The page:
World Hearing Day (March 3) is a global observance of the World Health Organization (WHO) that is championed by the American Speech-Language-Hearing Association (ASHA).
In 2022, the theme for World Hearing Day is “To hear for life, listen with care.” Hearing loss is among the most common chronic health conditions that American adults experience. Although not all hearing loss is preventable, noise-induced hearing loss is—simply by reducing exposure to excessively loud noise. This is true for people of all ages.
Here’s how you and your loved ones can avoid noise-induced hearing loss:
- For Infants and Toddlers — Parents and caregivers should pay attention to how loud toys are—especially because young children tend to hold their toys very close to their faces. Many popular products on the market exceed safe noise levels. Make them safer by taking the batteries out or putting tape over the speaker to dampen the sound. Parents should also put well-fitting earmuffs on kids when they will be in a noisy environment such as a sporting event or a fireworks display.
- For Older Children and Adolescents — Wearing earmuffs or earplugs in noisy environments remains very important, given that WHO says 40% of teens and young adults ages 12–35 are at risk for hearing loss from loud leisure activities. Children at these ages also should be taught to listen safely to their personal technology devices, especially when used with earbuds or headphones. This means keeping the volume to half and taking listening breaks every hour.
- For Adults — Certain professions—such as jobs in the airline, restaurant, or landscaping and construction industries—pose added risks to hearing, as do many everyday activities such as loud fitness classes, noisy coffee shops, and noisy hobbies. Adults should wear hearing protection in loud environments, limit exposure to noise, and see a certified audiologist if they are experiencing any symptoms of hearing damage.
Signs to pay attention to include experiencing ringing, buzzing, or pain in the ear; having difficulty following a conversation when more than one person is talking; having trouble hearing in noisy places like a restaurant or on the phone; noticing that sounds frequently seem muffled—or people often sound like they’re mumbling.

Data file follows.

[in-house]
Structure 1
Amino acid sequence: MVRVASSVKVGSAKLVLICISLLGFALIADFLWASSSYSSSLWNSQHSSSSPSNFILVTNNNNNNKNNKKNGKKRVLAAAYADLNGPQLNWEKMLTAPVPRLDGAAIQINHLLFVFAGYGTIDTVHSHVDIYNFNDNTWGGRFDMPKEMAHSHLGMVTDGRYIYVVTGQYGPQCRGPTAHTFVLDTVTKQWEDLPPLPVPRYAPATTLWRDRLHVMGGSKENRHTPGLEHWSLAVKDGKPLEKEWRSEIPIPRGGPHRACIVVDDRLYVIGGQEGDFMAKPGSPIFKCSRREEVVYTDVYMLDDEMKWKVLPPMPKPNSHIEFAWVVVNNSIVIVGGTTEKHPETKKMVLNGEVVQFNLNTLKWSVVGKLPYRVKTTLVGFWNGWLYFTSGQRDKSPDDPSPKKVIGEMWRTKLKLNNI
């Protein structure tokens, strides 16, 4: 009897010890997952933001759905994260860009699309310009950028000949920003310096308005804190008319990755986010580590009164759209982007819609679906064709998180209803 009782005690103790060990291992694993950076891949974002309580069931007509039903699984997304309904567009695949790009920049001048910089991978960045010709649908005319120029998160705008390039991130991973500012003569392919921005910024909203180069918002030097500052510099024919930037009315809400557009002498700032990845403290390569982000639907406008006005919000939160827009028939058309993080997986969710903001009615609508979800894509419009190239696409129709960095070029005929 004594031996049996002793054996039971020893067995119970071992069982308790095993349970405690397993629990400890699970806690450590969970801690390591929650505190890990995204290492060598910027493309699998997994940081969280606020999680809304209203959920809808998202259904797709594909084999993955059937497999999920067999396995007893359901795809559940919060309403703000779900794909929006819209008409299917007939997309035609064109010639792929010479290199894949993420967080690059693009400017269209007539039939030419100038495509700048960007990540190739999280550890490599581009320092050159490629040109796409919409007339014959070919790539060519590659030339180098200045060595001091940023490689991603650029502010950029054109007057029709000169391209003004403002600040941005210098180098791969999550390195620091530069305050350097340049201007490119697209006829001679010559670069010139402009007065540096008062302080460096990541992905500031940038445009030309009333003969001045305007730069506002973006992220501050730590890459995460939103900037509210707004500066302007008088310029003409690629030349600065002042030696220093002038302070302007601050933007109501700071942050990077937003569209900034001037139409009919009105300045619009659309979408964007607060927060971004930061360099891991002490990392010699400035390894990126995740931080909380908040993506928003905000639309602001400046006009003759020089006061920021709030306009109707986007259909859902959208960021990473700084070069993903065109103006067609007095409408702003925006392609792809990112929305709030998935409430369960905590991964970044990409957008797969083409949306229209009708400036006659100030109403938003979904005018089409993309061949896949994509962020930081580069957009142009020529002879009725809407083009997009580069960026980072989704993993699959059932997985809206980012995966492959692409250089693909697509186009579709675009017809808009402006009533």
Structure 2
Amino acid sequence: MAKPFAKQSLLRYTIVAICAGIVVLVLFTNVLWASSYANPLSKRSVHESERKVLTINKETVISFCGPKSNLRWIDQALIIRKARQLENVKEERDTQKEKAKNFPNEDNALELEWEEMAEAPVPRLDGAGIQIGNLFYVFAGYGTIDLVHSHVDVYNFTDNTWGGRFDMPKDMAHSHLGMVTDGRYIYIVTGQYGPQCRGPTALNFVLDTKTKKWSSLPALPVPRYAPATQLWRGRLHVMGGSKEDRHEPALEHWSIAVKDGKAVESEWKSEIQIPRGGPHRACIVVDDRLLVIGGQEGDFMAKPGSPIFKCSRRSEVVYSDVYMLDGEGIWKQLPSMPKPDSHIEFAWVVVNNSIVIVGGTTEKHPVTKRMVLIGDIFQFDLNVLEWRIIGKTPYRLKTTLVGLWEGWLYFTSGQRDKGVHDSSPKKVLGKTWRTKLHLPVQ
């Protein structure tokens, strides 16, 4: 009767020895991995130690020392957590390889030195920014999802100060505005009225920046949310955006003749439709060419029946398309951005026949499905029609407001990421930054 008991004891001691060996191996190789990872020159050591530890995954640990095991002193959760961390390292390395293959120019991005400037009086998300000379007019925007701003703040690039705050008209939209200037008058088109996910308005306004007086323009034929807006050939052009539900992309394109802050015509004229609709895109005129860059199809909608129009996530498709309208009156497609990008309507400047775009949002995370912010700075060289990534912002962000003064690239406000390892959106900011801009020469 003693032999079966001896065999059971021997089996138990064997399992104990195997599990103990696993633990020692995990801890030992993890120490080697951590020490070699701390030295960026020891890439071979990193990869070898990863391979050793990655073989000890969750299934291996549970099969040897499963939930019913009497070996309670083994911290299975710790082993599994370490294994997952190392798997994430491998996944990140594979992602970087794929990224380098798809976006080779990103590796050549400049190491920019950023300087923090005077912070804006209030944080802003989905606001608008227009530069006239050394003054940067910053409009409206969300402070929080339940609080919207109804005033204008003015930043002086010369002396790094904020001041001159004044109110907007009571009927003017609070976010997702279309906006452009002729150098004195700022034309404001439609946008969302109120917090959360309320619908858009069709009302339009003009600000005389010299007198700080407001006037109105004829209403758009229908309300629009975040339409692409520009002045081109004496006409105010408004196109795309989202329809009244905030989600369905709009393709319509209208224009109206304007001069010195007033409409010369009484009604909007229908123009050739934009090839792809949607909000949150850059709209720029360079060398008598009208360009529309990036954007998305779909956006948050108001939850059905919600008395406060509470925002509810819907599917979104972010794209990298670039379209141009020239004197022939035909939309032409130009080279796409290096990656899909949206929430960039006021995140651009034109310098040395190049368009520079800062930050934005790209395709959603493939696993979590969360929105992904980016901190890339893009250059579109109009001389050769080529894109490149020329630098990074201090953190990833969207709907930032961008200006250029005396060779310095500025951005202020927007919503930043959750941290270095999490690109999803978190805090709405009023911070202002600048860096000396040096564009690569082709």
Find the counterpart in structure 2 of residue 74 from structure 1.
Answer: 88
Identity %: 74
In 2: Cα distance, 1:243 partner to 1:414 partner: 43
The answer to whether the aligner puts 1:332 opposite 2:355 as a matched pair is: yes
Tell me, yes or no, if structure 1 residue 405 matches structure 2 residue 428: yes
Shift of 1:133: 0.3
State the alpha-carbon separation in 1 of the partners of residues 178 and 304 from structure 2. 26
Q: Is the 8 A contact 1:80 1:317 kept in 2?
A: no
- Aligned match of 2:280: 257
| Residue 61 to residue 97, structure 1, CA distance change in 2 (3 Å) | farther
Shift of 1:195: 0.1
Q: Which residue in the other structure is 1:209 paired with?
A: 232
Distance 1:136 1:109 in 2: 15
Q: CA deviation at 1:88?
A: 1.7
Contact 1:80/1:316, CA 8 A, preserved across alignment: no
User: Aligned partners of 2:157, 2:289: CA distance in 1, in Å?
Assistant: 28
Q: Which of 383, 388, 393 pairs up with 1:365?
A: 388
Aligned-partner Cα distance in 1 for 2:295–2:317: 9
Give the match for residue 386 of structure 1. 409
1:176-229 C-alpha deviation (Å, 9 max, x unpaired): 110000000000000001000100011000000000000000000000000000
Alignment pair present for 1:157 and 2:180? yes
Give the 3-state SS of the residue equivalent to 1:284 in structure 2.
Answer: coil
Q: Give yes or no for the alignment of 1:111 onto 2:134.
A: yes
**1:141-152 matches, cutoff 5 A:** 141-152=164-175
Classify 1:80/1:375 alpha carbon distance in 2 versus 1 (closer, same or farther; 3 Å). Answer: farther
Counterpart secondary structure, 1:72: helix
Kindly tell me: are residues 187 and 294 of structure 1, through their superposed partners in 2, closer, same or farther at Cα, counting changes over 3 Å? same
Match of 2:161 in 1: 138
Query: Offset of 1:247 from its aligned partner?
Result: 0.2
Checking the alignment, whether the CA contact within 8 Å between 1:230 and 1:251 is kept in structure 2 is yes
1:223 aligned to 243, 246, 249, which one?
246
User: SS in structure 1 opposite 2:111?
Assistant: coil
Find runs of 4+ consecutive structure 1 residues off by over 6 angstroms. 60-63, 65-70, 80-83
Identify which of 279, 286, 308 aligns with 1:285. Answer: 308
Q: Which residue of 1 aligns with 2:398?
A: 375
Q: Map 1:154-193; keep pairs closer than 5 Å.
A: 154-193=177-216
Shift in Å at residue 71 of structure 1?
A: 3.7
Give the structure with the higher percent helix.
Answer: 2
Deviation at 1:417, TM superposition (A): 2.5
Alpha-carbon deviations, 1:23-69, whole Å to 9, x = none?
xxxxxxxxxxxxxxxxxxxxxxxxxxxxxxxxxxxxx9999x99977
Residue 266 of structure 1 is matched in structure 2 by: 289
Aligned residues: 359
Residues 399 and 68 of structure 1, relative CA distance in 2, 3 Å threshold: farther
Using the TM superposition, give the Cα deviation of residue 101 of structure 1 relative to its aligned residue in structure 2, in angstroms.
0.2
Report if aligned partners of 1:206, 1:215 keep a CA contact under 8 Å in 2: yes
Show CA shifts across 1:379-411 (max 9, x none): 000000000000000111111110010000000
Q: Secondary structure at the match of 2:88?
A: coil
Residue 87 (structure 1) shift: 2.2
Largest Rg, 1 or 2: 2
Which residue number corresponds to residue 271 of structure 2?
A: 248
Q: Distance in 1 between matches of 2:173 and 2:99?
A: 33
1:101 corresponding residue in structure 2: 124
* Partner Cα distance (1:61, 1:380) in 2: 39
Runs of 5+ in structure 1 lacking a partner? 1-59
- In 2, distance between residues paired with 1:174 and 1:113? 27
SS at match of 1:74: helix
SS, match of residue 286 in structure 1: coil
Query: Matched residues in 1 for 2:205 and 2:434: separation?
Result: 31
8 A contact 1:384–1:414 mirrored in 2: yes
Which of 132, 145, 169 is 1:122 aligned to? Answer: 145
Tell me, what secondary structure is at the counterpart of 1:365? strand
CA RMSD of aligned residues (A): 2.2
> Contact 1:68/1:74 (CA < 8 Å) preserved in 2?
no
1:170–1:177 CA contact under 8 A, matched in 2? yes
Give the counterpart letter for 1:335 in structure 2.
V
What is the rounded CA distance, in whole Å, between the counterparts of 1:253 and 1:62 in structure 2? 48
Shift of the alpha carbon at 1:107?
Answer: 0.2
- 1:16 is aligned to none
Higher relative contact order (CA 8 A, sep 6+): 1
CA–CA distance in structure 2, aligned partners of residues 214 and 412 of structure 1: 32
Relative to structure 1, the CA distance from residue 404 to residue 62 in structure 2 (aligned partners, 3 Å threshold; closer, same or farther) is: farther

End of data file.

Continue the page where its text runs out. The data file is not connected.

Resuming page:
Hearing loss is far from being just a nuisance: Left untreated, it is associated with a variety of serious health conditions in adults—including cognitive decline, falls, and social isolation and depression. Hearing loss also can impact career success, mental health, and quality of life. In children, untreated hearing loss can lead to academic, social, and behavioral problems. For infants and toddlers, if hearing loss is unaddressed, it can affect their speech and language development—so it’s always important to pay attention and to get a hearing evaluation from a certified audiologist if you have concerns.
What’s a great way to observe World Hearing Day? Anyone with concerns about their hearing (or a loved one’s) should seek a hearing evaluation from a certified audiologist. Evaluations are generally covered by insurance. If you live in the National Capital Region, you can schedule an appointment with the Capital Institute of Hearing and Balance. For those not in our locale, a searchable database of these hearing professionals can be found here, by visiting www.asha.org/profind, or by calling the ASHA consumer line: 800-638-8255.